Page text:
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National roundup: Trans survey, Gates ends term, UNC defies HB2
Special to the online edition of Windy City Times
by Andrew Davis, Windy City Times
2016-05-31

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Trans United Fund ( TUF ) announced an update to its distribution of the first-ever trans-focused questionnaire to presidential candidates, a press release stated. TUF said that no Republican candidate's campaign responded and both the Sanders and Clinton campaigns committed to complete the survey. However, only the Sanders campaign had followed through on that commitment, and the group called on Clinton to complete the questionnaire by May 27 and for representatives to meet with advisory committee members.

The Human Rights Campaign ( HRC ) Foundation and HRC-welcoming schools released a resource for school officials to effectively and respectfully follow recent guidance from the U.S. Department of Education on the rights of transgender students, according to a press release. The guide provides the backdrop for the May 13 federal guidance clarifying that transgender students have the right to be free from discrimination in schools, and answers questions school officials may be asked by parents, guardians and other community members. See HRC.org/resources/a-guide-for-schools-on-department-of-education-guidance.

Robert Gates finished his two-year term as Boy Scouts of America's president by arguing the Scouts had overcome that challenge and were ready to reverse years of membership declines, ABC News reported. In a speech to the organization's leaders, the former U.S. secretary of defense defended the compromise last year to allow openly gay adult leaders to serve in the Scouts, but give churches sponsoring troops the right to use sexual orientation as a guideline for selecting leaders. Gates called the move a "difficult decision," but one that has been accepted by "the overwhelming preponderance of sponsoring institutions and volunteer leaders."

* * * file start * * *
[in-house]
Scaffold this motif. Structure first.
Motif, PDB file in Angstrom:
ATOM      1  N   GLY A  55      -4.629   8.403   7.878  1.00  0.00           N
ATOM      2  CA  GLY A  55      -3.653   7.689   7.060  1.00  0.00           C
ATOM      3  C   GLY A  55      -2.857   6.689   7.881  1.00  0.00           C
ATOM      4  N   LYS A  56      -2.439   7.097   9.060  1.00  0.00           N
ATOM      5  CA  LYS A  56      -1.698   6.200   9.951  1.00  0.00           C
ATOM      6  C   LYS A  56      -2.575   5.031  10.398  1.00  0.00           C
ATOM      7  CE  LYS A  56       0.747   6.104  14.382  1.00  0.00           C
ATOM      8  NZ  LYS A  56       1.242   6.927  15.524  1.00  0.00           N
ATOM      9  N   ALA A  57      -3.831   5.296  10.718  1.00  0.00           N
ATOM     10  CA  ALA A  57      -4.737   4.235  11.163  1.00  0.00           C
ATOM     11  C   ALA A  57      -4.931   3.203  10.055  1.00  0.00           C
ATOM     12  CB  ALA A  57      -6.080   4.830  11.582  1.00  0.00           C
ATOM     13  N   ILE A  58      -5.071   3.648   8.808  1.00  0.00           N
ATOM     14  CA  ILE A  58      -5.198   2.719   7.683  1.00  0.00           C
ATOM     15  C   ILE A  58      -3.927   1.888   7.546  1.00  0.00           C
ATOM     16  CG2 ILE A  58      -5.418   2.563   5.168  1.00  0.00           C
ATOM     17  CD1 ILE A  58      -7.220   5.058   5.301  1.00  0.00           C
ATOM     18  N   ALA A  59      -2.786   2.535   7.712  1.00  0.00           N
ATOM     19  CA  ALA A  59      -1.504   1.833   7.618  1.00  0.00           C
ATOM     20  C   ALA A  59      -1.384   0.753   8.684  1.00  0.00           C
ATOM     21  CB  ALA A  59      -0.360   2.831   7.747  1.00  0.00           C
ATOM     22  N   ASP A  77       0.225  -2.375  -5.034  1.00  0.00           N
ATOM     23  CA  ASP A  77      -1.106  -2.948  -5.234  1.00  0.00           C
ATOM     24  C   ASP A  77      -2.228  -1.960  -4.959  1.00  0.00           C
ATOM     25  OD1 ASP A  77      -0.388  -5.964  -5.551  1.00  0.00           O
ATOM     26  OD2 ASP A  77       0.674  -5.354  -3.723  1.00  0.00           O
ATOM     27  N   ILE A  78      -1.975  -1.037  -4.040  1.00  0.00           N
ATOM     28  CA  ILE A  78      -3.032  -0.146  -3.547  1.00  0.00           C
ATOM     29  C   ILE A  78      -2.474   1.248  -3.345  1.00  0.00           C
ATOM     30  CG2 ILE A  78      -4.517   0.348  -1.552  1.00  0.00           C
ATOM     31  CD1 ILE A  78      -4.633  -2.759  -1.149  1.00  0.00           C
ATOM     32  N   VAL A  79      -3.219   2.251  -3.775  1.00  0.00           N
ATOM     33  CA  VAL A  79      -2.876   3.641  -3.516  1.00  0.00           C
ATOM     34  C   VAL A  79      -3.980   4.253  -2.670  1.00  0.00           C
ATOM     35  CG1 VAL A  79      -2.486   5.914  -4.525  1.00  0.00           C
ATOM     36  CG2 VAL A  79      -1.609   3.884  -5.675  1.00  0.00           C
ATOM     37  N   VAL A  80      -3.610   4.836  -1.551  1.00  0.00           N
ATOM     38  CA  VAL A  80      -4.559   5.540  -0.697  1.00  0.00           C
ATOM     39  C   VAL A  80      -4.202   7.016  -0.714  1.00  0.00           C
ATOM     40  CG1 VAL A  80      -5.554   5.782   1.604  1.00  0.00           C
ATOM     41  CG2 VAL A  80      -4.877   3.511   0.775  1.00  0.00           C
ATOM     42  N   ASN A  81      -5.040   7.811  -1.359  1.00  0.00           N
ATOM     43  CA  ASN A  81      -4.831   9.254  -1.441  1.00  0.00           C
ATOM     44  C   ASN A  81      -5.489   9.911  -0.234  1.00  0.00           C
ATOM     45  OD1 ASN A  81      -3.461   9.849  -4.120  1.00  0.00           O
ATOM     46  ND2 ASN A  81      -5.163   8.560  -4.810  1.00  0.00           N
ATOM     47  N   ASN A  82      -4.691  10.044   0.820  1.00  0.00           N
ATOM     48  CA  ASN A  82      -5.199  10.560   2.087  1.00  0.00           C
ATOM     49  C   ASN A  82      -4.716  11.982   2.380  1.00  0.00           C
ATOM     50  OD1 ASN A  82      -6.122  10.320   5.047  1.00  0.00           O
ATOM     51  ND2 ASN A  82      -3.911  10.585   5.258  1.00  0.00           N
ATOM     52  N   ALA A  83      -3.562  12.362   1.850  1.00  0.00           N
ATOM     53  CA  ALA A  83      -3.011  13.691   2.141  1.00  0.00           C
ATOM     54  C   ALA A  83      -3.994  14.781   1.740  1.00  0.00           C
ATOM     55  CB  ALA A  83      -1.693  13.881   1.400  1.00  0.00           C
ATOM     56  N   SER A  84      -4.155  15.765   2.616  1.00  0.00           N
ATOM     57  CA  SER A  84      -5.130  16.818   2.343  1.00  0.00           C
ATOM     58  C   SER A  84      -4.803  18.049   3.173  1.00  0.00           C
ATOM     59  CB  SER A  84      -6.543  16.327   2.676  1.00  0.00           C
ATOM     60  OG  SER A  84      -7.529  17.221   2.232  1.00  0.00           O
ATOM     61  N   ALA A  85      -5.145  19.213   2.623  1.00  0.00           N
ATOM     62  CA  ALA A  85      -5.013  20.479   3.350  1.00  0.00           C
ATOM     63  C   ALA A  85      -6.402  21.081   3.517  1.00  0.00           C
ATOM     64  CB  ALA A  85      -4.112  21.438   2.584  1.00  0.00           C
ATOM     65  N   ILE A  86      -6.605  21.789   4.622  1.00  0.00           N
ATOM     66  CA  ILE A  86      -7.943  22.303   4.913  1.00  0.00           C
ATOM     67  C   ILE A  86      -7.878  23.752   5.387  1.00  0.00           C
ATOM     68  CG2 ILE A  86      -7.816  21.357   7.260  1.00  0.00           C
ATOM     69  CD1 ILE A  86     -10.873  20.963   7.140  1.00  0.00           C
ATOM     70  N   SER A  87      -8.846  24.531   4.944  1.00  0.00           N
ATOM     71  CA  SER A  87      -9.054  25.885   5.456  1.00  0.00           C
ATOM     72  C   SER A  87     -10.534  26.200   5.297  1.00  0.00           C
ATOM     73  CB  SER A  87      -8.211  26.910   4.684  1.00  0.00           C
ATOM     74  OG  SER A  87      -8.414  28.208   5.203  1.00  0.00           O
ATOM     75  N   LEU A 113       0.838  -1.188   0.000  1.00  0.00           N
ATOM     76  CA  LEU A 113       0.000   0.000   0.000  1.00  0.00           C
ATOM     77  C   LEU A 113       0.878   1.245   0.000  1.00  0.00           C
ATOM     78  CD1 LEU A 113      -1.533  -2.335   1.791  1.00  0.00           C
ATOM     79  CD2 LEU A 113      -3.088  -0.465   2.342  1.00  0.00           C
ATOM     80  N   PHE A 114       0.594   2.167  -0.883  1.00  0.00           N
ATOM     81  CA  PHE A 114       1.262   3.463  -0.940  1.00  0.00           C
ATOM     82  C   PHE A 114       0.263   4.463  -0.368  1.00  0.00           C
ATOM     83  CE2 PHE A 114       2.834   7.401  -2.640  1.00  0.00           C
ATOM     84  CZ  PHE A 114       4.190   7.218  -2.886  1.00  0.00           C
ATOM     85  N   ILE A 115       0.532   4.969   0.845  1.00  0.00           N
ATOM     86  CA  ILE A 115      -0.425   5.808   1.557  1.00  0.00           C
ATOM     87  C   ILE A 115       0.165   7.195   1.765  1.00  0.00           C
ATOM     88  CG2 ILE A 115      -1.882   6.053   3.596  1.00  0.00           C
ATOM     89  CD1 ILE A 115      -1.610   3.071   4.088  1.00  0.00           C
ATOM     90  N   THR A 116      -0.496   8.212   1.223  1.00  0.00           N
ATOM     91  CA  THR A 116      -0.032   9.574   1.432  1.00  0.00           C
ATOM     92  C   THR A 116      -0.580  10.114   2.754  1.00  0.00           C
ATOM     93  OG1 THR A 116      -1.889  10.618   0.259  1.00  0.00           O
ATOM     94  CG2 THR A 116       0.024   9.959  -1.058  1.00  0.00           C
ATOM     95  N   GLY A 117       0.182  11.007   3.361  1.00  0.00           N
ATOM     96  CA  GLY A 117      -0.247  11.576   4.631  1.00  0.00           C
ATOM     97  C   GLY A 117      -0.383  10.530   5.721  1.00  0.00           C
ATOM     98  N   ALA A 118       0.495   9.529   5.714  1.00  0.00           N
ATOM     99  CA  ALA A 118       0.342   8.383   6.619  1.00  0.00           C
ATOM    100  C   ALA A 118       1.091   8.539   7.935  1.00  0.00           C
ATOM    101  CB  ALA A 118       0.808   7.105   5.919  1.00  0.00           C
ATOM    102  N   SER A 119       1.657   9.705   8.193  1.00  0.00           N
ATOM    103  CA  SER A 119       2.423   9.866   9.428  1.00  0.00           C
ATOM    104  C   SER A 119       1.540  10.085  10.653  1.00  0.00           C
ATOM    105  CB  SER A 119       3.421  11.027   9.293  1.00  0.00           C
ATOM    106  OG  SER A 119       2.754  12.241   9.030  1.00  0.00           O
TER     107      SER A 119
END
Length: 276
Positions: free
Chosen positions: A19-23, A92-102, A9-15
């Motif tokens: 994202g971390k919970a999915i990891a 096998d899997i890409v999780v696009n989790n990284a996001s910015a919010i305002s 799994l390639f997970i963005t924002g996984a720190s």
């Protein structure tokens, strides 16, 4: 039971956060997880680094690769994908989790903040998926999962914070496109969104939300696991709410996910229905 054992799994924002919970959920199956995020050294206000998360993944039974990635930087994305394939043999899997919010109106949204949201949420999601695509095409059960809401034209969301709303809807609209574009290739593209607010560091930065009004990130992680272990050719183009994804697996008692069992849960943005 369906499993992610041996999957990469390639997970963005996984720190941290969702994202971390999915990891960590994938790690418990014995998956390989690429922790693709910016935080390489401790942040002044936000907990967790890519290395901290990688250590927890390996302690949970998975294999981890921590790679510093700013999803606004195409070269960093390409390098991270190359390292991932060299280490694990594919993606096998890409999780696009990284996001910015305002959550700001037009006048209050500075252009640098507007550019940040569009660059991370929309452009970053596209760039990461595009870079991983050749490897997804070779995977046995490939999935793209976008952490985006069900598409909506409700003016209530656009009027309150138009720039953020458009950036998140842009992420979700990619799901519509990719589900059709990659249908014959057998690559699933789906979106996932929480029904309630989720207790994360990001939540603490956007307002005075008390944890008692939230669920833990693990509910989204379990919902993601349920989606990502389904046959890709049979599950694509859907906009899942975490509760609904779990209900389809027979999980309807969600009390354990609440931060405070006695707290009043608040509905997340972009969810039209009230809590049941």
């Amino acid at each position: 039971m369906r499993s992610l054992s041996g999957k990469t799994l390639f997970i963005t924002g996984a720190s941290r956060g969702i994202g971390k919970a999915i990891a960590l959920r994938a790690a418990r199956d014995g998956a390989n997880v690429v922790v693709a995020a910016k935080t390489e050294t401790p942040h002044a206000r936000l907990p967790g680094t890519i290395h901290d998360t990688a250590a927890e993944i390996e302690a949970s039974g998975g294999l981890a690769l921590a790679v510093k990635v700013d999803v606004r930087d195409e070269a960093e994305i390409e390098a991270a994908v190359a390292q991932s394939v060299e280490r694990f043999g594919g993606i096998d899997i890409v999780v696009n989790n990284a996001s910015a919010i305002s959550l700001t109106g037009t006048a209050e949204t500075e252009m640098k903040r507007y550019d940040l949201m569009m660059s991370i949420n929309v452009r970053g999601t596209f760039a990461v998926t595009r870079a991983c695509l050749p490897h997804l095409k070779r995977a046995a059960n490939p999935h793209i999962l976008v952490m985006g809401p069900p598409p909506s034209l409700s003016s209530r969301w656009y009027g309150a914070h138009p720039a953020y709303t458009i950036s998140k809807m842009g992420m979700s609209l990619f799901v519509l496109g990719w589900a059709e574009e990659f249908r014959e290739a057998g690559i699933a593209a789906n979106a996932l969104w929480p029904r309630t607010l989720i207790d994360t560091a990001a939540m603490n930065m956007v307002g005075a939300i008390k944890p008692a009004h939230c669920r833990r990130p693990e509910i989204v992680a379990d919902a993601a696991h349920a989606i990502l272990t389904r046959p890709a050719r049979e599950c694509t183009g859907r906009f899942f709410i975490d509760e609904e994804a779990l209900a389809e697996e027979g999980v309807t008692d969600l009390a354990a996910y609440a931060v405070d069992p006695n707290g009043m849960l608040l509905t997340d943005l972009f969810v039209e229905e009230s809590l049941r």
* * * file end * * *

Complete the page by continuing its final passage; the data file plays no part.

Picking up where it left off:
The University of North Carolina has told a federal court that it will disobey the anti-LGBT HB2, and that trans people can use whichever bathroom they choose, PinkNews reported. An affidavit was written by university president Margaret Spellings, who said: "I have no intent to exercise my authority to promulgate any guidelines or regulations that require transgender students to use the restrooms consistent with their biological sex." Lawyers from the university went on to say that HB2 has no enforcement mechanism, and that the university would not change "any of its policies or practices regarding transgender students or employees."

Vermon Gov. Peter Shumlin has signed a bill that bans "gay conversion" therapy on anyone under 18 years of age—a therapy intended to change a person's sexual orientation or gender identity, WPTZ.com reported. Shumlin said the practice was common when he was growing up. It was once taught in prestigious behavioral-science programs, including the University of Vermont, although it's not clear whether it is still used in the state today. Melissa Murray, executive director at Outright Vermont, said she's not convinced conversion therapy isn't still used in pockets of Vermont.

The U.S. House reversed itself and approved a measure aimed at upholding an executive order that bars discrimination against LGBT employees by federal contractors, ABC News reported. More than 40 Republicans helped Democrats power the gay-rights measure over the opposition of GOP conservatives who dominate the chamber. The 223-195 tally reversed a vote the previous week on the LGBT-rights measure.

The Republican split over LGBT issues increased after a lawmaker quoted scripture as he called colleagues sinners, the New York Daily News reported. Several Republicans walked out of a GOP policy meeting in the Capitol after conservative Rep. Rick Allen of Georgia blasted his fellow lawmakers and opened the session with a Bible passage condemning homosexuality, TheHill.com reported. Allen angered his fellow GOPers when he suggested they'd sinned for backing an anti-discrimination proposal protecting LGBT individuals.